Two things I am taking away from this book of letters:
1. Hellebores. They’re something I’ve only admired in OPG (Other People’s Gardens).
2. A great thankfulness that Civil Rights has passed in this country.
Yes, cantankerous me: wouldn’t it be LOVELY if I could just revel in these letters for their breadth of gardening knowledge? Well, whether it’s simply cultural oversight of a Yankee gardener with “hired men” or a Southern gardener with “half grown Negro boy[s]”…I seriously wonder if we can really consider these two women gardeners in the sense that we understand the term. (Especially Katharine White, who never deigned to even get out of a dress and heels.) I guess instead I will blame the editor, who did a fine job of delineating the silver spoon set but neglects to mention the hired help by name. It especially galled me when the editor saw fit to mention who Elizabeth’s mother’s doctor was, yet in the same paragraph, the ONLY place where he’s mentioned, she doesn’t cite Elizabeth’s gardener. “All saying things can’t be done, that my yardman, Willie, and I have been doing for years without a fuss.” [p. 76,Beacon Press ppb edition]
Okay, THAT is out of the way. Elizabeth Lawrence, if I were to rank them, is more bona fide a dirt digger. She wrote a gardening column for The Charlotte Observer and also had a landscape consulting business. Her personality comes through loud and clear in her letters, which describe a somewhat one-sided “friendship” between these two women. Katharine S. White (wife of E.B. “Andy” White, of Charlotte’s Web fame and a lot more) was an editor at The New Yorker who on occasion wrote a mostly gardening-related column for the same magazine. She had a large flower garden at their farm in Maine.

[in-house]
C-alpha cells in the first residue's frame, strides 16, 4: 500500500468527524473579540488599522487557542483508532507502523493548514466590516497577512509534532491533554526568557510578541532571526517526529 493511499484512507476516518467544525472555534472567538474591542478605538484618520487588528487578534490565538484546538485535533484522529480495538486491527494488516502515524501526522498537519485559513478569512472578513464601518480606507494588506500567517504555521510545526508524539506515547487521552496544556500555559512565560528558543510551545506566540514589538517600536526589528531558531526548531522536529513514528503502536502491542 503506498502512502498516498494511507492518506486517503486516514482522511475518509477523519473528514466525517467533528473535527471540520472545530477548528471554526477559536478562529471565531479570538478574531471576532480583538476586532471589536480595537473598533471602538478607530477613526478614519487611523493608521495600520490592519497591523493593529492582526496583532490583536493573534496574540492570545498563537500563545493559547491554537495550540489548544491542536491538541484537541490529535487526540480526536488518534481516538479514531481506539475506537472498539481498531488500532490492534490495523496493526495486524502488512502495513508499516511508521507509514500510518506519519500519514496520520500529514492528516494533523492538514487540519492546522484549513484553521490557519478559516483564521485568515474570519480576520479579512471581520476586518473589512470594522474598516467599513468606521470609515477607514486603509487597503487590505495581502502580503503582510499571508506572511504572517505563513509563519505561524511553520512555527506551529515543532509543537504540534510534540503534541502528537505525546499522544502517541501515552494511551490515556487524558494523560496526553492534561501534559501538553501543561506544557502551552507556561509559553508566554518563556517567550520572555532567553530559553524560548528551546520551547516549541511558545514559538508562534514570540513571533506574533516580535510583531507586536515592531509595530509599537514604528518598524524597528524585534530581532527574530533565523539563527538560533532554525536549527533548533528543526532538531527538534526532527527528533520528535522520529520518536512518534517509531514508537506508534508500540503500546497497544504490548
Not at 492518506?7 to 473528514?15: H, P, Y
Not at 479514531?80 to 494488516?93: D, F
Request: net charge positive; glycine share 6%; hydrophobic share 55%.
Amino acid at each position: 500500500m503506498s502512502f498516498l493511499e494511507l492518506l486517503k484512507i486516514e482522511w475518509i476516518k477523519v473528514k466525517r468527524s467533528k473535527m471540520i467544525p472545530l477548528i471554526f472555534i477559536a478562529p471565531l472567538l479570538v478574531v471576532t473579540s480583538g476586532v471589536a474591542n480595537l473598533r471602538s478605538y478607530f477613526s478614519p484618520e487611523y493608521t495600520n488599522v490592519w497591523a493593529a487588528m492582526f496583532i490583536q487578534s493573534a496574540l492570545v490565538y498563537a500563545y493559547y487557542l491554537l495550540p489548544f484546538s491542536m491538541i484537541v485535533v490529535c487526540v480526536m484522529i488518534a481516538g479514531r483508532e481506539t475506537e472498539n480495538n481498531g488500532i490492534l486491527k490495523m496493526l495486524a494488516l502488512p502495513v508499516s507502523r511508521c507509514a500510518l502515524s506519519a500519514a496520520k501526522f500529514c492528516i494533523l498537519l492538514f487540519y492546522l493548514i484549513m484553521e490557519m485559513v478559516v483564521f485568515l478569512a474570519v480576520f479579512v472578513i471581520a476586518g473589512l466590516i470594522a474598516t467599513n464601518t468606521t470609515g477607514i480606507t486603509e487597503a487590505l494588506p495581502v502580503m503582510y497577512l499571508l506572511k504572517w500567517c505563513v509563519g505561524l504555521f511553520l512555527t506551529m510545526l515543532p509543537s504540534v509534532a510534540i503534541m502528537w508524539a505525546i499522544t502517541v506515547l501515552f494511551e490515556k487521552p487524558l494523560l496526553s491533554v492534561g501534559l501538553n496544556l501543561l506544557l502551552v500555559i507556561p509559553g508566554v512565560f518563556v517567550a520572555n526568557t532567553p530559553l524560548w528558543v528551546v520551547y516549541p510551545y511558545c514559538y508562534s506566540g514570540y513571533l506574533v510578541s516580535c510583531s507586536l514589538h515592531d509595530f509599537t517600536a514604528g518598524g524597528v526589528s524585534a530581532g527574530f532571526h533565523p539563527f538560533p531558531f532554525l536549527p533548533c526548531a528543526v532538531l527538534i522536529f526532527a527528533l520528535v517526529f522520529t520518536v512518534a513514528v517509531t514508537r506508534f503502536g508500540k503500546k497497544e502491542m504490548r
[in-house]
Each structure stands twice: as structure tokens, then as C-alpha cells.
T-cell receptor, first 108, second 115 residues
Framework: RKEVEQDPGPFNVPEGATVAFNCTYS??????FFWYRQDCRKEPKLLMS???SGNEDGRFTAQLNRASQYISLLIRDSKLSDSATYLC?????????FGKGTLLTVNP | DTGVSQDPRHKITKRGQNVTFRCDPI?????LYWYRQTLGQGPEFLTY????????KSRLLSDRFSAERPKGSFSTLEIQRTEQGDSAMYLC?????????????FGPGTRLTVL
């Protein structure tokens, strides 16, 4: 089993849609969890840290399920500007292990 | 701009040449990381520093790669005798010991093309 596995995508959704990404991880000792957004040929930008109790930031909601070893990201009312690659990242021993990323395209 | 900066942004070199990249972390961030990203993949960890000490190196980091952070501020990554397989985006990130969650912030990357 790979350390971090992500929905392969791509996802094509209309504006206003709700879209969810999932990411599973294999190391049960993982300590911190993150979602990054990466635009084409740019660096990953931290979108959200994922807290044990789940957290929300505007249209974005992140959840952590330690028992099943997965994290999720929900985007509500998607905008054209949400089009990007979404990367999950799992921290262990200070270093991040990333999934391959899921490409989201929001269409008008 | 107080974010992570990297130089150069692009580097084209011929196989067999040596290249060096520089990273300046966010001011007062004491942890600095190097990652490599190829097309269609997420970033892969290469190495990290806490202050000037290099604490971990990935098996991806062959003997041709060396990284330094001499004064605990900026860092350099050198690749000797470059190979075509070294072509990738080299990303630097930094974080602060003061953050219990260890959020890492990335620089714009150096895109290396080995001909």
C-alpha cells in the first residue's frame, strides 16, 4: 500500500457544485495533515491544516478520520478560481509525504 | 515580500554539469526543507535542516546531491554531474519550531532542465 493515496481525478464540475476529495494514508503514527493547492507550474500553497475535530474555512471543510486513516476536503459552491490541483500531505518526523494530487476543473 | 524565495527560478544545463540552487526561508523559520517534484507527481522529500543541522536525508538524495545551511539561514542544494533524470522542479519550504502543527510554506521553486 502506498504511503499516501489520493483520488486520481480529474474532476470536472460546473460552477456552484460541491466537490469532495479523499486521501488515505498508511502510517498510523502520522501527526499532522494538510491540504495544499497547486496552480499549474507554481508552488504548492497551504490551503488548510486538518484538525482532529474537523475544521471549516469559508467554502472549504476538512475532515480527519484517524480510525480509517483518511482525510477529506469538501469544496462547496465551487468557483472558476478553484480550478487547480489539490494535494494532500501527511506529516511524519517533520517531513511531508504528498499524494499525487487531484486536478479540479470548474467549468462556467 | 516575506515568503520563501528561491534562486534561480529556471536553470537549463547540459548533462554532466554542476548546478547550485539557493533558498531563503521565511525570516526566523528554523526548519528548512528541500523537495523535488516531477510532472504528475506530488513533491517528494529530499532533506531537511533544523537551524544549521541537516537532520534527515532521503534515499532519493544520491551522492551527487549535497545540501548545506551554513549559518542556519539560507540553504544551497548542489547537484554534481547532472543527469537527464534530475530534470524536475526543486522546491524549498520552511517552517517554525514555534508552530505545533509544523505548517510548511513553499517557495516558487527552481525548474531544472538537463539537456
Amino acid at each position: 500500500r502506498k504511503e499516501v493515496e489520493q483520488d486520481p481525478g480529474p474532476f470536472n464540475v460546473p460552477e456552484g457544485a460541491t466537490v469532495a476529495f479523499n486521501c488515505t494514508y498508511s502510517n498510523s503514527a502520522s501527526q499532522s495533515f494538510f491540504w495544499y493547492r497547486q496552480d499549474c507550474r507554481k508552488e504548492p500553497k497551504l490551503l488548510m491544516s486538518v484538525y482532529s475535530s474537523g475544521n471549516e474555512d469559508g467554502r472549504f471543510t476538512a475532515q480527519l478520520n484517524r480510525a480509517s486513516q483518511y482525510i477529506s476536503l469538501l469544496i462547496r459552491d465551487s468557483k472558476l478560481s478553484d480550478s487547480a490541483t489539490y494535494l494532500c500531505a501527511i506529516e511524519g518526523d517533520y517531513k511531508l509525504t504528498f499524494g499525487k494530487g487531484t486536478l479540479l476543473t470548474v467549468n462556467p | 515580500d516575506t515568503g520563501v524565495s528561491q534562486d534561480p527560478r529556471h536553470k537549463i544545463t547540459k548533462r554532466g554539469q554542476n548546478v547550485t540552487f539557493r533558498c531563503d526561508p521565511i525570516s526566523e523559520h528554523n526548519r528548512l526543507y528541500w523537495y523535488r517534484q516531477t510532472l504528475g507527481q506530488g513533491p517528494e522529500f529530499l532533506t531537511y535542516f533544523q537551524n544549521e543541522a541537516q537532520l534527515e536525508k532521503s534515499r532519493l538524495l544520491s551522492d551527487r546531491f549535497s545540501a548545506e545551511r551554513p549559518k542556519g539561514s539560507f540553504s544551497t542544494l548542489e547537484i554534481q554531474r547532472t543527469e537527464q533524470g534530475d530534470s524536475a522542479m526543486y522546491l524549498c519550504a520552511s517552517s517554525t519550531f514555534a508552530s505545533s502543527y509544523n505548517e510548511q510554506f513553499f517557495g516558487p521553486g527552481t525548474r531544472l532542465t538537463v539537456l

As a historical document, this batch of letters describes well how plantgrowing moved from one of local nurseries with local specialties to national nurseries with, as we know now, nothing local. This trend was helped somewhat by Katharine’s New Yorker articles about mail-order nurseries. (Katharine relied heavily in writing these articles upon the expertise of people like Elizabeth.) These letters document the loss of scent in roses, the hardiness of North Carolina daffodils in Maine, and bloom times for plants in December (!!). As such, it makes a very interesting read for those of us who’re plant-happy.
These letters also follow gardening trends, especially the emergence of the horrors of DDT and the re-emergence of chemical-free gardens. I think we were all a bit horrified to read how they describe how their yards were regularly sprayed with DDT and they noticed the loss of certain creatures because of it. (It was The New Yorker that first published chapters of Rachel Carson’s Silent Spring.)
The letters also describe what happened in their lives, particularly in terms of illness. (It is said that the Whites tended to be hypochondriacs.) Part of me wonders if some “real” gardening, the bend-and-stretch, dig-the-dirt, spread-the-mulch sweatiness that most of us practice wouldn’t have benefited these two, Katharine White especially. But then I also realize these women were very much products of their time, even though they were highly unusual by being fully employed. So getting sweaty in the garden was ONLY acceptable if they did it with their yardmen.
And that makes me wonder. Is my reaction to these women’s gardens a visceral kind of backwards jealosy? I am definitely in the bite-off-as-much-as-I-can-chew camp here on the farm. My vision, of course, is much larger than my time allows. If I had a yardman, or a crew…who knows what I could do. And seeing what these two COULD do, well…
And it is here that I should mention that my husband is in this week’s New Yorker. They mention his New York show, and include a photo (not online, unfortunately, but in the magazine itself). He’ll be in April’s Harper’s, so the ghosts of the Whites are all over this house…
(Thanks again, Carol, for hosting!)